Vibration, cycles, wavelets, and pulsations seem to be the substrate of our experience of reality. I think musicians interact with this substrate in a direct way that is both practical and spiritual. My friend Elaine Kahn just shared a poem with me by Kamau Brathwaite:
“God is dumb
until the drum
Sometimes an acute attention to form can lead to a divine and spiritual place. Other times a spiritual experience, or the radical/spiritual form of presence that is required for improvisation, can unveil an undiscovered sense of form. In my work I’m looking to change. It doesn’t feel done if I’ve started one way and end the same way. The transformational aspect of art-making is what interests me, the way a creative engagement with your sensory experience can lead you towards previously uncharted ways of thinking and being.
You’ve previously worked as the Director of Education at Amherst Cinema, leading your See-Hear-Feel Film program, which aims to broaden children’s minds and experiences through various international films. Funded by grants, each child is able to attend on a scholarship. Can you tell us more about this, and what you learnt here at the cinema about the power of film?
For 8 years, every weekday, I watched film and discussed film with third-graders in a program that helped kids who were struggling to write and read find a platform to discuss ideas and explore their creativity and their intelligence. I learned how to watch and listen like them. This experience was invaluable, and without it, Full Mantis would have come out differently – if at all. They taught me how to approach a film in a visceral, physical way and to not project narratives onto the sensory experience. They see things we don’t see, and they hear things we don’t hear. An 8 year old is still connected to the infant inside, yet they can speak about experience in a very sophisticated way. They don’t yet have the social intelligence that forces them to double think everything they express.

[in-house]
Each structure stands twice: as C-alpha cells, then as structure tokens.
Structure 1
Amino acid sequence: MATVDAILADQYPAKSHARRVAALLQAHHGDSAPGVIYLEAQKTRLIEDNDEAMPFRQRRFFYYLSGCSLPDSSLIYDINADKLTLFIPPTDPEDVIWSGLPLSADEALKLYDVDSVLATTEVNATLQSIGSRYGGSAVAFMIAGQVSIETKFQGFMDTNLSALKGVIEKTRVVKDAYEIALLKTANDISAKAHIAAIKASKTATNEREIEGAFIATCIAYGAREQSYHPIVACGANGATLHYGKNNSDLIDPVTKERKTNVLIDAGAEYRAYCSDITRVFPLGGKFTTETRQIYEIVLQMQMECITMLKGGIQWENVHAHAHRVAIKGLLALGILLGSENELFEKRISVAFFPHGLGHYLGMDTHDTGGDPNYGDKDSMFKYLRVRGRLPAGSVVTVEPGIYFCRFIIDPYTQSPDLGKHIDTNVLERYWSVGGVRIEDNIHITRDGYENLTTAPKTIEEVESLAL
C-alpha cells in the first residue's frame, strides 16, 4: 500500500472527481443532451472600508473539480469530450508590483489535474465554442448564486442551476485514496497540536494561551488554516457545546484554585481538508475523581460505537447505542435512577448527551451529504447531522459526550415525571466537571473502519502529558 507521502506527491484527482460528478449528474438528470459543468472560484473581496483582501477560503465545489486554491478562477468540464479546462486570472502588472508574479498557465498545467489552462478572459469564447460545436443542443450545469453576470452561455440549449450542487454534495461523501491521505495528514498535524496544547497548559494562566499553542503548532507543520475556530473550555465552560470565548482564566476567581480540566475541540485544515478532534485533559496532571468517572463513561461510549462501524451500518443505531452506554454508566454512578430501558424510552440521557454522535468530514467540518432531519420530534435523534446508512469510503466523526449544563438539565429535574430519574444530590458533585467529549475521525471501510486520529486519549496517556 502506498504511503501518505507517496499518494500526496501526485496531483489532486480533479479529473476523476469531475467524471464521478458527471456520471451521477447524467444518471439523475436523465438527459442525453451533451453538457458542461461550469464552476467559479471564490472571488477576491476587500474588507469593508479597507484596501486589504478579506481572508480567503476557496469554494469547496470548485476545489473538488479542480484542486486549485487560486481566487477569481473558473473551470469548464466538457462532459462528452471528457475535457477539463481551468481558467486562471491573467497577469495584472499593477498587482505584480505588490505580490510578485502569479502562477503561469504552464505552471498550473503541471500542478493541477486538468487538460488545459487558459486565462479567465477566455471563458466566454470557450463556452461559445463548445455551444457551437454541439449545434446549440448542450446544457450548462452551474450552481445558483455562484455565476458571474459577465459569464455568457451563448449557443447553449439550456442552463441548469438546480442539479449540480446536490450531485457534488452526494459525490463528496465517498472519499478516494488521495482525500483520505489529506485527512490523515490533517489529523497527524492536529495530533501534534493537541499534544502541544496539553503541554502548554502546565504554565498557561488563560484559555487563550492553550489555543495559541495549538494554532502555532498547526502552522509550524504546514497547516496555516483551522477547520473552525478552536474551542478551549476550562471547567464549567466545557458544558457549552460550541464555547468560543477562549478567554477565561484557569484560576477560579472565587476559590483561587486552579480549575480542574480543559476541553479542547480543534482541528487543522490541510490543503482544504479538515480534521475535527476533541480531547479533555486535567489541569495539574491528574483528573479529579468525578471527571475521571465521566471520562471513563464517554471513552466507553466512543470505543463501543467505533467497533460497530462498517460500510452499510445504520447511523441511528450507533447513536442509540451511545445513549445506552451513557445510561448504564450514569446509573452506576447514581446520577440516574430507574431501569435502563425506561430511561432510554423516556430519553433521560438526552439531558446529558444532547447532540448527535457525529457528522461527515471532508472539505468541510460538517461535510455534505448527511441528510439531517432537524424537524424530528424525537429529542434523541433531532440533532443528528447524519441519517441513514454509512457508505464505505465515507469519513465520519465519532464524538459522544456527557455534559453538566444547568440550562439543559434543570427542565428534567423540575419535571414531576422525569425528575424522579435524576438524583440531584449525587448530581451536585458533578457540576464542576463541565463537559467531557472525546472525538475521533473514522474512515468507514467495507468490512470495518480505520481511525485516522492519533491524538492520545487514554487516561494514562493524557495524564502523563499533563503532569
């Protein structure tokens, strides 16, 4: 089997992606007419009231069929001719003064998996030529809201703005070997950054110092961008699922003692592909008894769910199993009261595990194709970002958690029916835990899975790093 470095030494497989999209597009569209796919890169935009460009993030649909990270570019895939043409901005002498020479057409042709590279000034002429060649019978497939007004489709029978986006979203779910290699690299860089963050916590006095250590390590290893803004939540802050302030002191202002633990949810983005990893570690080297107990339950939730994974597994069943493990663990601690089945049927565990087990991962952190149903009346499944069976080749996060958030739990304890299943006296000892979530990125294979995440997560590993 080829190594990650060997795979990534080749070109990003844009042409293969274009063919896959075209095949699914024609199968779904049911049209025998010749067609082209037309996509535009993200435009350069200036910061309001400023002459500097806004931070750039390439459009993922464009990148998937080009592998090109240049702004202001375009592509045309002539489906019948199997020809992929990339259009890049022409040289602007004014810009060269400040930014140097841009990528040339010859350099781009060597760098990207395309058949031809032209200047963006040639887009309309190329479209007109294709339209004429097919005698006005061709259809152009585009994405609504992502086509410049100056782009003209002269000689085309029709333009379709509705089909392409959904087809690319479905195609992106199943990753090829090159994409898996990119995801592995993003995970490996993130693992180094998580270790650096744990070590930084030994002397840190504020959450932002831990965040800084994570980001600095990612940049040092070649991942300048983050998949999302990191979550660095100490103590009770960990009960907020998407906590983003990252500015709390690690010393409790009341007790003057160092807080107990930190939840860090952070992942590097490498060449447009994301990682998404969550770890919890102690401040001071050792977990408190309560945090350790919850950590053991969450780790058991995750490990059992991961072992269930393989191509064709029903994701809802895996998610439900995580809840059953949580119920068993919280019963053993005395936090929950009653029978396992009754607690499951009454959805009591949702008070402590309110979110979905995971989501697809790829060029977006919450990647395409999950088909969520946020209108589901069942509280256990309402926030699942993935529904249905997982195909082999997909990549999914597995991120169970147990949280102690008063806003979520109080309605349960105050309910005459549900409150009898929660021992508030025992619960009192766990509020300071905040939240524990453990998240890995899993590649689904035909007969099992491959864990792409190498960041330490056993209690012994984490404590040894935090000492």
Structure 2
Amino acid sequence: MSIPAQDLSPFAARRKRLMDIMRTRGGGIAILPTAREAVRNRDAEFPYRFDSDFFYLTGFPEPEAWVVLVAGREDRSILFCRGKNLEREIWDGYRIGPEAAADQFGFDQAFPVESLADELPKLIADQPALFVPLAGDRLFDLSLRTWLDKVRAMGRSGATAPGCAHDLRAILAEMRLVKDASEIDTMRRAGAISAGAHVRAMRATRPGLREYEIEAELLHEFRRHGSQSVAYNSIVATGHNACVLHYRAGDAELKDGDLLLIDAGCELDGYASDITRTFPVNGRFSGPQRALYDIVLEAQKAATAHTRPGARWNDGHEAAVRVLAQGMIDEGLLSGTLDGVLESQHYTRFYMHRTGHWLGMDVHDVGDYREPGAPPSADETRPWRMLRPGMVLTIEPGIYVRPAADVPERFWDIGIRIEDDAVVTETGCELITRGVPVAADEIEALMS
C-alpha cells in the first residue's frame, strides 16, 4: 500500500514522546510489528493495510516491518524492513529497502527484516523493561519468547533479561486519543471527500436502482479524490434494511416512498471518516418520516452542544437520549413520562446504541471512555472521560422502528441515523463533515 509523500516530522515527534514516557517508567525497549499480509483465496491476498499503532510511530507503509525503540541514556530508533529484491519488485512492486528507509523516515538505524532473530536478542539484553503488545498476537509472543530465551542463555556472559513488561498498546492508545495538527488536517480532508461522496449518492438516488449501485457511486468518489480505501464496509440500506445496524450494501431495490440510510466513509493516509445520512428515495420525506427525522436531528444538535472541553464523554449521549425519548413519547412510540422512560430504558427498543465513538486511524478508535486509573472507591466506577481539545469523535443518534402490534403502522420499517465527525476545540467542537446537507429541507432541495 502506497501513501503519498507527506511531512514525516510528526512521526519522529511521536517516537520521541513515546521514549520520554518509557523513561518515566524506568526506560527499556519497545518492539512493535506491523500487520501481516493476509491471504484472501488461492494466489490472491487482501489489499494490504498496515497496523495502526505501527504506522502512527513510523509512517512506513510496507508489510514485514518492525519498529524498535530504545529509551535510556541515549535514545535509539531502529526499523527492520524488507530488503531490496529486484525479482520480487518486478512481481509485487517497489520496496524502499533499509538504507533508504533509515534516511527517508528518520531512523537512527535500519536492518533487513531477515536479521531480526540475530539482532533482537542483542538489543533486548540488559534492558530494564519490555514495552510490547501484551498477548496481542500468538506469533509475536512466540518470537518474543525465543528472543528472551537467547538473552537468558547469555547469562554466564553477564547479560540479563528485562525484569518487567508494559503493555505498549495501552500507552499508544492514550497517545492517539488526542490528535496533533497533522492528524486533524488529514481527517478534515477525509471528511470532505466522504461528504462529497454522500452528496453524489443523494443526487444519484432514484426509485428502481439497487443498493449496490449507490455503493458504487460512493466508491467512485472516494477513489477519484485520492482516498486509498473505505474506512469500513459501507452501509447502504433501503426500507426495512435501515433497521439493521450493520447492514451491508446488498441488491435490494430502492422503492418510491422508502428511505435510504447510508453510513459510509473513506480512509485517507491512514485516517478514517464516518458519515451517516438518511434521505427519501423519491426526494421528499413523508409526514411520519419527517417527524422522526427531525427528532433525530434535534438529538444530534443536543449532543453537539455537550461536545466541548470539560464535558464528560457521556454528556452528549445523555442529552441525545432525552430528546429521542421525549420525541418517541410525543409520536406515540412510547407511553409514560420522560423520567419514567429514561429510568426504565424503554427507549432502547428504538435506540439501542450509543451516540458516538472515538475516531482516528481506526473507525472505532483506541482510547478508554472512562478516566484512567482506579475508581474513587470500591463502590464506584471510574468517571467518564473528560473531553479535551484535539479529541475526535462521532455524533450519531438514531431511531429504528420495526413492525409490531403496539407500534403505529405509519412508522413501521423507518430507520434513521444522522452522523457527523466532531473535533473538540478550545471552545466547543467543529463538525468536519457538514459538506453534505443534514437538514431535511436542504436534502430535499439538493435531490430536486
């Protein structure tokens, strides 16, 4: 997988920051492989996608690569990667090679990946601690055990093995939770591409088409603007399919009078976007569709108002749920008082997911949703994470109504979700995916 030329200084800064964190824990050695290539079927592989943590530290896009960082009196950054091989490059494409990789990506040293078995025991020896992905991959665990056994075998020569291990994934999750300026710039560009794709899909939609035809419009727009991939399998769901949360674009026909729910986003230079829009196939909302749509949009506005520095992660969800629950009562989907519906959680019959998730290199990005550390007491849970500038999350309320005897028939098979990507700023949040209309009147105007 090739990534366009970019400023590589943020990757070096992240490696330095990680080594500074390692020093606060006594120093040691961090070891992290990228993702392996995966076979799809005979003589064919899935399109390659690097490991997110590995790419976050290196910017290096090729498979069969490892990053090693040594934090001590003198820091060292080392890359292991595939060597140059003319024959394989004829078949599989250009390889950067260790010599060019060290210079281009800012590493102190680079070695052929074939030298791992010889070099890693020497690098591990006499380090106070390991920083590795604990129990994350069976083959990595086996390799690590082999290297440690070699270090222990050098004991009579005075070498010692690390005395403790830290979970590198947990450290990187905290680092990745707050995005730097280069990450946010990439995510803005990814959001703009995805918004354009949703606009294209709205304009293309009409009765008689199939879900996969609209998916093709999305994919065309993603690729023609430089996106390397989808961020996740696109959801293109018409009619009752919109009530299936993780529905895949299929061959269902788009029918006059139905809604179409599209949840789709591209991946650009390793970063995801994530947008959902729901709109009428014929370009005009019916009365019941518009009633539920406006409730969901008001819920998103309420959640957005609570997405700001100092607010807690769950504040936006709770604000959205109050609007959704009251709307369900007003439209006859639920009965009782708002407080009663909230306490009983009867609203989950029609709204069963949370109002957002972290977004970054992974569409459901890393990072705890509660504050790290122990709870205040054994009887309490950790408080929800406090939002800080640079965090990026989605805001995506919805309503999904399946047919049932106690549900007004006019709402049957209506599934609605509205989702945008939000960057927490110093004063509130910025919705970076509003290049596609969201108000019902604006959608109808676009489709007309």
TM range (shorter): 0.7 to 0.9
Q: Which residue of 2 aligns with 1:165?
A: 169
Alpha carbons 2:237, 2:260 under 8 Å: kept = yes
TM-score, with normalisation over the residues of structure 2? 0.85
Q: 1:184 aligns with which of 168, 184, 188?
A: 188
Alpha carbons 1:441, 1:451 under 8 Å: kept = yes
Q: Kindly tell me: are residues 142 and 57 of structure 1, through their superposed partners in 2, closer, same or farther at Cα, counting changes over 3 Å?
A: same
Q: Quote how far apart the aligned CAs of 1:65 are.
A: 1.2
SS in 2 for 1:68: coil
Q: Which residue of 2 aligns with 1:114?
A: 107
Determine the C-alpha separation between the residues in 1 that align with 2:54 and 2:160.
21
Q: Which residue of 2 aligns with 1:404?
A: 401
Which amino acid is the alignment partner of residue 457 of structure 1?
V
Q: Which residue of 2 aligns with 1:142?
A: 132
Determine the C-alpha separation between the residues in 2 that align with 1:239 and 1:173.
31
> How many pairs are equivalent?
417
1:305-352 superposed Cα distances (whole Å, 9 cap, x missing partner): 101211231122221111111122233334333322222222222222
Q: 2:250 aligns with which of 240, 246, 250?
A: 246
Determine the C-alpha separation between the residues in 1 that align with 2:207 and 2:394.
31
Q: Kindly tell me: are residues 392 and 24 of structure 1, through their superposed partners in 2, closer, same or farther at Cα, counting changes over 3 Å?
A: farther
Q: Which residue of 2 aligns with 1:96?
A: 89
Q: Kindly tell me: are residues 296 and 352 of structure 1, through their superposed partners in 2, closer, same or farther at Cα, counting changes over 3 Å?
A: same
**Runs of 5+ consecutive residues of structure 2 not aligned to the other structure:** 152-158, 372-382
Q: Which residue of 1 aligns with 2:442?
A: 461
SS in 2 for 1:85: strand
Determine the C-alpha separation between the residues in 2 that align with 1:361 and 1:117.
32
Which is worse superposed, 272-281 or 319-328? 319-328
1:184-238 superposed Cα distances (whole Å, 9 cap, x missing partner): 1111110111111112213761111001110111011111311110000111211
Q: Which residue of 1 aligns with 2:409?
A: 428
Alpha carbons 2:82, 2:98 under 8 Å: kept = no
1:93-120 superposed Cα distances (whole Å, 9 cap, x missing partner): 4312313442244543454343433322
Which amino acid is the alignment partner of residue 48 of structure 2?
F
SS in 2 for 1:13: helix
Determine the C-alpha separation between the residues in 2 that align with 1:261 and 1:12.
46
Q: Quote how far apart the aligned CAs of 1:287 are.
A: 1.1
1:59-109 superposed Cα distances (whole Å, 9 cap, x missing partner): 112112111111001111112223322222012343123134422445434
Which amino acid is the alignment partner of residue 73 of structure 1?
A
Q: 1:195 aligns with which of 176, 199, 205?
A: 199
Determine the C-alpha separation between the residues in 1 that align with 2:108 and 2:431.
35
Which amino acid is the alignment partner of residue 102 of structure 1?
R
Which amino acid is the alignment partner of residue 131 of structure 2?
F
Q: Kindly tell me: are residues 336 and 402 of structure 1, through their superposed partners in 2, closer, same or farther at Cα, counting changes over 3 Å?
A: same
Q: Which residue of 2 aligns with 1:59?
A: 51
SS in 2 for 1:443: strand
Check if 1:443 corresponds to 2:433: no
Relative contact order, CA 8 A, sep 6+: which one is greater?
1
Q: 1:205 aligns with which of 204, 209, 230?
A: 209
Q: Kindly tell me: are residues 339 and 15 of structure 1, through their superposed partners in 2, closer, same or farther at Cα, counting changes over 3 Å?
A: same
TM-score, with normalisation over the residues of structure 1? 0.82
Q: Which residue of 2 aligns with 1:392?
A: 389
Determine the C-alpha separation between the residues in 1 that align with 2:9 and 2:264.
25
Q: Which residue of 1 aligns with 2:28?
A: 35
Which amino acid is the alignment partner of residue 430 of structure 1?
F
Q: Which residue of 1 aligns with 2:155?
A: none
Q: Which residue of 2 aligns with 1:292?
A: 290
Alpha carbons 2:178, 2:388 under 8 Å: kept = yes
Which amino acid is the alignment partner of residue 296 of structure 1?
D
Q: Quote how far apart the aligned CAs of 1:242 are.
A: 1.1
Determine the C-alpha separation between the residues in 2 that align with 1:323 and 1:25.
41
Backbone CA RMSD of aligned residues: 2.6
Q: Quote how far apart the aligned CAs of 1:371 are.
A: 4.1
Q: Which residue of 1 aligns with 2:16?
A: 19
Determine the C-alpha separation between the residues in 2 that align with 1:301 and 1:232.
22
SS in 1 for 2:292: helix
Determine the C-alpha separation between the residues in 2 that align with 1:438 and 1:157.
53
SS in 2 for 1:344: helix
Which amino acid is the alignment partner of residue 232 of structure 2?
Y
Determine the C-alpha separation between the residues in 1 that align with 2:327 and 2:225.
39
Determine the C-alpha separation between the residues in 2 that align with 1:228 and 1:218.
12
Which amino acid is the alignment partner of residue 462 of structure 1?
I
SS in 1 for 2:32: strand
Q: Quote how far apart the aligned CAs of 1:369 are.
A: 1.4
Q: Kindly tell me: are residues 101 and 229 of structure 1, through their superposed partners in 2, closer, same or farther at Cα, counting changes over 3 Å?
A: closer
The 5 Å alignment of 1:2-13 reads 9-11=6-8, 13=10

I believe we should have think-tanks with 8-9 year olds to advise on global problem solving and policy – they don’t really do metaphor, they get right to the core. There was also the aspect of repeated viewings of the same clips over and over. This gave me a lot of information regarding the multiple layers operating simultaneously inside a filmic experience, and I found it extremely helpful when I got to thinking about the total structure of Full Mantis. There are some edits in Full Mantis that are directly related to films I used in the program –films I watched 100’s of times while sitting in a theater surrounded by kids.
Finally, what’s next for you? You’re currently touring Milford Graves Full Mantis, reaching the UK later this month. Do you have a distribution deal yet, and are you working on your next project?
I’m still on the road with the film quite a bit. I received a lot of distribution offers but I’ve decided to do the theatrical release myself, with the help of some close friends. It is really important that the film plays in cinemas, and many distro deals favour a quick move to a digital release because a theatrical release is tedious and doesn’t really make anyone any money. Milford Graves Full Mantis is meant to be seen in a room with a group of people, so I’m spending a lot of time fighting for that and shepherding the film through the maze. Milford was hand-painting his records since 1964 on his own Self Reliance Projects record label (SRP), so retaining control over how the release works has helped the film stay in tune with Graves’ vibe, which for me has been an essential part of the whole process.
In the fall of 2018, Milford has a big sculpture show at the Queens Museum and I’m helping prepare materials and projections for that. I have a few film projects that I’d like to start work on when I’m home for a bit. I’m also currently working on a new solo record for NNA.
Interview Monique Kawecki | London Editor-In-Chief
Photography as credited
For more: www.fullmantis.com